DETROIT – Chone Figgins winced when asked whether he’d felt any urgency to produce the kind of afternoon that just propelled his Mariners to a rare road sweep.
Figgins had waited a long time for results like this three-hit affair Thursday, when his seventh-inning double capped a 5-4 victory over the Detroit Tigers. It didn’t hurt any that his exploits came the same day manager Eric Wedge declared that Figgins won’t have forever to make things happen if he wants to keep his leadoff job.
But Figgins calmly insisted that he knows the fundamentals are there and that he’s close. Just as he insisted his team had been close to getting it right before unleashing an offensive barrage on the Tigers for three straight days.
“It’s never a case of urgency,” Figgins said. “Like the first night here. I’m still getting my walks. For me, it’s either ‘Hit a ball hard’ and if you’re not swinging a bat, you still walk. I’ve always been like that. I stick with that, and things get better.
“And I’ve stuck with it and I ended up having a good game. So, keep sticking with it.”
The Mariners stuck with their newfound blitz approach to offense in the first inning, when Figgins and Dustin Ackley opened with singles followed by a three-run homer from Justin Smoak to make it 3-0 before many in the Comerica Park crowd of 31,451 had taken their seats. Miguel Olivo added a solo homer in the fourth off Tigers starter Rick Porcello, and it looked once again like the Mariners would blow the Tigers off the field.
But Detroit finally got a hit off Hector Noesi one out into the fifth inning and a run later that frame. Then, they struck for a triple, a single and a tying two-run homer by Miguel Cabrera off Noesi before he could get anyone out in the sixth.
It came down to Figgins again in the seventh, when he lined a ball to right-center on which Brennan Boesch mistakenly ran in. The ball got by him for a double that brought Brendan Ryan all the way around from first base to score.
“I think he froze,” Figgins said of Boesch. “He didn’t think I hit it that good. But I knew I hit it better than he thought I hit it.”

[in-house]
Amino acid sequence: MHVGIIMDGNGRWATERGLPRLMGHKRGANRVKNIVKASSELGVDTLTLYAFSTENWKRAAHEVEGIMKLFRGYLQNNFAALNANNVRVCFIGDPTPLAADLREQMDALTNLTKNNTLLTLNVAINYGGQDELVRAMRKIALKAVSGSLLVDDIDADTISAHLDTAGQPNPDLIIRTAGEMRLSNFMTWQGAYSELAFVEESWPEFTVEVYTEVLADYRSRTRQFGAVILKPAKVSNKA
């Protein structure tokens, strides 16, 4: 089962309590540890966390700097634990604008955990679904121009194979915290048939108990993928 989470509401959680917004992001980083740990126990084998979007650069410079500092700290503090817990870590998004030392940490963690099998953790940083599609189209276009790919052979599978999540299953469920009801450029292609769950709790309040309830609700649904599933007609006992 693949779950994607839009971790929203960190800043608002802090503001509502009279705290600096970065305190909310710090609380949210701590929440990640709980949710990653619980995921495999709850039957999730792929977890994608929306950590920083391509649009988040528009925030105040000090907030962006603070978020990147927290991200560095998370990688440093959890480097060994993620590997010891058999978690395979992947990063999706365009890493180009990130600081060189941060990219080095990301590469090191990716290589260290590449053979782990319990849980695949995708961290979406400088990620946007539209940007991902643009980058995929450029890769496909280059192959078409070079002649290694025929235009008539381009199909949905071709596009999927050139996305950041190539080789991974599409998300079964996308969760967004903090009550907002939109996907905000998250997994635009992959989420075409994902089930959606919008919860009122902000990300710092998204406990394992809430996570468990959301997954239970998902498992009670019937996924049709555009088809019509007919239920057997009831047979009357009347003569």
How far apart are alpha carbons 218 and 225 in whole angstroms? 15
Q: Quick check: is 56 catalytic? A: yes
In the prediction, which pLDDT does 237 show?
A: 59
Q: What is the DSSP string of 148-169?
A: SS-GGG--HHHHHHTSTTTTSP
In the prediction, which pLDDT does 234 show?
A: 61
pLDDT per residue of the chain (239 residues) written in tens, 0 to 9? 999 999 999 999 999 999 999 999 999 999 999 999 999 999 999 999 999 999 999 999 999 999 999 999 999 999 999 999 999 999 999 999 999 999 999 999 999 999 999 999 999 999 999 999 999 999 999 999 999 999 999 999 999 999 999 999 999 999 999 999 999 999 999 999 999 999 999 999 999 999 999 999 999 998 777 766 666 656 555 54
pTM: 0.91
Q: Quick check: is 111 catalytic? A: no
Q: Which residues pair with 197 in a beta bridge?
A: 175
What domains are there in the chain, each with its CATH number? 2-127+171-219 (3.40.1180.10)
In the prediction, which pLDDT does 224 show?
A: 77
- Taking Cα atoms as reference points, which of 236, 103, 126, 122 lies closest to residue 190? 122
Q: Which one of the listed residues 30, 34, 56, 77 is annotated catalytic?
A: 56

Figgins had been hitting a lot of balls better than the results were showing the first two weeks. Then came last week, when he had trouble making contact with anything and saw his on-base average plummet while the team’s fortunes sagged with him.
Before Thursday’s series finale, Wedge warned that Figgins needed to quit adding to his team-leading 21 strikeouts.
“We’re still giving Figgins an opportunity, but he has to do it — simple as that,” Wedge said. “I mean, if he does, we’ll keep him in there. If not, we’ll make a change.”
Wedge suggested that Ackley could be a potential successor at leadoff. Ackley had three hits out of that spot Wednesday night in place of Figgins.
Wedge cautioned that it’s still too early to make any determinations. The game helped Figgins lift his batting average to .236 and on-base percentage (OBP) to .309.
Smoak had been in a 0-for-15 slump before drilling Porcello’s change-up over the right field wall in the first inning. The Mariners jumped on Detroit early in all three games and outscored the Tigers 21-9 in the series.
“When you put runs up early, it puts pressure on the other team,” Smoak said. “It makes you as a team and your pitcher out there feel more relaxed.”
Wedge said he’s been pleased by what Olivo has done lately and added that Figgins continues to do well when he’s selective.
“When he gets a good pitch to hit — and gets his pitch in his zone — obviously, he’s hit the ball with much more authority this year,” Wedge said. “He’s really worked hard to get better.
“It’s still not where he wants it to be, I know that. But, hopefully, a day like today can help get him going.”